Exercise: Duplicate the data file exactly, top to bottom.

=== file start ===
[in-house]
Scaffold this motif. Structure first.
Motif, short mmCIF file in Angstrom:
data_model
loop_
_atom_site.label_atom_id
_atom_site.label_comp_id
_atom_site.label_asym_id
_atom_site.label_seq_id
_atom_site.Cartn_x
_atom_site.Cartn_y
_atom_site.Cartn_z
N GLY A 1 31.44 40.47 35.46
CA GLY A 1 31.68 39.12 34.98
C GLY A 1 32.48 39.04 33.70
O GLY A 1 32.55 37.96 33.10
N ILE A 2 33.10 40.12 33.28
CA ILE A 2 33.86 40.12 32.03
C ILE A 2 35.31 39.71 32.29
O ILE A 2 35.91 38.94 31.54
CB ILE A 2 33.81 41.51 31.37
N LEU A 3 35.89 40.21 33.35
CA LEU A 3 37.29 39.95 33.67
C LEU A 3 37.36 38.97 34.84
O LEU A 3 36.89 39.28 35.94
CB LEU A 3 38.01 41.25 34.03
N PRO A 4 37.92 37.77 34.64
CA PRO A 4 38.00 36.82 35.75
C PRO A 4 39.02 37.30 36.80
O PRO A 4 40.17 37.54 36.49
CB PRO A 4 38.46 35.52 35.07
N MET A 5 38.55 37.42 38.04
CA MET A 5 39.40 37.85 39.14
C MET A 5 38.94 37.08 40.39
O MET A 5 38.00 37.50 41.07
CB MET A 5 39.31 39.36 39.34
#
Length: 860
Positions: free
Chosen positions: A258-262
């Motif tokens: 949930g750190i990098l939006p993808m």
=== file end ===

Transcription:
[in-house]
Scaffold this motif. Structure first.
Motif, short mmCIF file in Angstrom:
data_model
loop_
_atom_site.label_atom_id
_atom_site.label_comp_id
_atom_site.label_asym_id
_atom_site.label_seq_id
_atom_site.Cartn_x
_atom_site.Cartn_y
_atom_site.Cartn_z
N GLY A 1 31.44 40.47 35.46
CA GLY A 1 31.68 39.12 34.98
C GLY A 1 32.48 39.04 33.70
O GLY A 1 32.55 37.96 33.10
N ILE A 2 33.10 40.12 33.28
CA ILE A 2 33.86 40.12 32.03
C ILE A 2 35.31 39.71 32.29
O ILE A 2 35.91 38.94 31.54
CB ILE A 2 33.81 41.51 31.37
N LEU A 3 35.89 40.21 33.35
CA LEU A 3 37.29 39.95 33.67
C LEU A 3 37.36 38.97 34.84
O LEU A 3 36.89 39.28 35.94
CB LEU A 3 38.01 41.25 34.03
N PRO A 4 37.92 37.77 34.64
CA PRO A 4 38.00 36.82 35.75
C PRO A 4 39.02 37.30 36.80
O PRO A 4 40.17 37.54 36.49
CB PRO A 4 38.46 35.52 35.07
N MET A 5 38.55 37.42 38.04
CA MET A 5 39.40 37.85 39.14
C MET A 5 38.94 37.08 40.39
O MET A 5 38.00 37.50 41.07
CB MET A 5 39.31 39.36 39.34
#
Length: 860
Positions: free
Chosen positions: A258-262
């Motif tokens: 949930g750190i990098l939006p993808m």